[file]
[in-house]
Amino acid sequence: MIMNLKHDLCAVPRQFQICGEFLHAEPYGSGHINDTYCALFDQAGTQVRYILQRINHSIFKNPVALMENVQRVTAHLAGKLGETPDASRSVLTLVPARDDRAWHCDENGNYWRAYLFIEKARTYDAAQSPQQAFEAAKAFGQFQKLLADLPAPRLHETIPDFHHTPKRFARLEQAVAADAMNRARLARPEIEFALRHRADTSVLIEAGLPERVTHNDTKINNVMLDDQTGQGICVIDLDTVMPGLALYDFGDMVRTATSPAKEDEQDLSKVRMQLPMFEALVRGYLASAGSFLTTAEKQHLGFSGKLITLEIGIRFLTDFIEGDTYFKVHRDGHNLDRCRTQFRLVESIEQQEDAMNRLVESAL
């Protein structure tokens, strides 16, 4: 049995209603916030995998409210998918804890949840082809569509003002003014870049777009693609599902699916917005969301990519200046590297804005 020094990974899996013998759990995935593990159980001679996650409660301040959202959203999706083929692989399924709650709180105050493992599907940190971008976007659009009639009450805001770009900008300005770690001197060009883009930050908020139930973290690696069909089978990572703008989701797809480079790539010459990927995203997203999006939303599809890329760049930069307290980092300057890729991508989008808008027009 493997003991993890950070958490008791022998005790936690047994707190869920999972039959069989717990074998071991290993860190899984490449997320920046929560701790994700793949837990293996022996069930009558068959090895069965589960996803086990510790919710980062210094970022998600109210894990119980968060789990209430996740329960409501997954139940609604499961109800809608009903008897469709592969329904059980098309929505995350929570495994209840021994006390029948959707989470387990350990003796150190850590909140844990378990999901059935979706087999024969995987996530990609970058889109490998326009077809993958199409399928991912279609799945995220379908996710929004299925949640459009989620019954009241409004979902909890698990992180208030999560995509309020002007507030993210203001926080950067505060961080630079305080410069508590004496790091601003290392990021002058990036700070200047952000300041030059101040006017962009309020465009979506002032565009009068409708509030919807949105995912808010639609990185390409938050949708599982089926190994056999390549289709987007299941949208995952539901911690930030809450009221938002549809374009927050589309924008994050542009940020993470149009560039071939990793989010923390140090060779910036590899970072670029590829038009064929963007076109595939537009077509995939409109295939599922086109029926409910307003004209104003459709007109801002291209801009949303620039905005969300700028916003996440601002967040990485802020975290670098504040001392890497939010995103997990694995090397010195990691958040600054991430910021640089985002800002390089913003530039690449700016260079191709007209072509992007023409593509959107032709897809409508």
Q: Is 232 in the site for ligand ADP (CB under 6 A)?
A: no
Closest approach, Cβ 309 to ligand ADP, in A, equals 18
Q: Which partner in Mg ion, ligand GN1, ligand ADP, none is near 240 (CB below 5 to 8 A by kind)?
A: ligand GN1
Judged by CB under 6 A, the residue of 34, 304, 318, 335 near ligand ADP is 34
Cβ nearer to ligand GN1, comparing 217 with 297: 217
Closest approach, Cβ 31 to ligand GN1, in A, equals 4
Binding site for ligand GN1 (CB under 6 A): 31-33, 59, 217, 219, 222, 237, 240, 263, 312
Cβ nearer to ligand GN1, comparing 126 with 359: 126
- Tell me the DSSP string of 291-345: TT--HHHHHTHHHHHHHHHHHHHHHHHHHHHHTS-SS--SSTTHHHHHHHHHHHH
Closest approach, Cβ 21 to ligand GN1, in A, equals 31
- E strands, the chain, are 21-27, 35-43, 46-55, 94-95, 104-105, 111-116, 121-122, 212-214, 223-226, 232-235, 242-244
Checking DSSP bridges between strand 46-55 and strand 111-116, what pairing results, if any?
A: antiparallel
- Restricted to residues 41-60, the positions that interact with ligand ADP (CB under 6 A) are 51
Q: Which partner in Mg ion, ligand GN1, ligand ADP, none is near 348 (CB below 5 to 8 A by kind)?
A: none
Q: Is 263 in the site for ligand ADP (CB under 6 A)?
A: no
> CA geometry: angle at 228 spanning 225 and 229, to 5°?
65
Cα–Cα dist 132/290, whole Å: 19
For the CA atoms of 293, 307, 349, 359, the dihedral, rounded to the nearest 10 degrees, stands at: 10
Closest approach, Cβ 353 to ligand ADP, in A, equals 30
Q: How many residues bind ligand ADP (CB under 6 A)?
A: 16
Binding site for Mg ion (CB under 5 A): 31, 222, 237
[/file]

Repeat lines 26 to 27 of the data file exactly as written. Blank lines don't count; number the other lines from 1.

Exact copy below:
Cα–Cα dist 132/290, whole Å: 19
For the CA atoms of 293, 307, 349, 359, the dihedral, rounded to the nearest 10 degrees, stands at: 10